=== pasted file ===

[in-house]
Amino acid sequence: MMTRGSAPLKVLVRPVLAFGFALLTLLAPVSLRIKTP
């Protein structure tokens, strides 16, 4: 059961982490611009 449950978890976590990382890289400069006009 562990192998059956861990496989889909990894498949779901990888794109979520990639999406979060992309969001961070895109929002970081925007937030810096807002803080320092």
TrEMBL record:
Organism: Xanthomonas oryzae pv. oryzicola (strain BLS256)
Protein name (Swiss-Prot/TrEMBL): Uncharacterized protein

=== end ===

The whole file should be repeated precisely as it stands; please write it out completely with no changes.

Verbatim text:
[in-house]
Amino acid sequence: MMTRGSAPLKVLVRPVLAFGFALLTLLAPVSLRIKTP
């Protein structure tokens, strides 16, 4: 059961982490611009 449950978890976590990382890289400069006009 562990192998059956861990496989889909990894498949779901990888794109979520990639999406979060992309969001961070895109929002970081925007937030810096807002803080320092």
TrEMBL record:
Organism: Xanthomonas oryzae pv. oryzicola (strain BLS256)
Protein name (Swiss-Prot/TrEMBL): Uncharacterized protein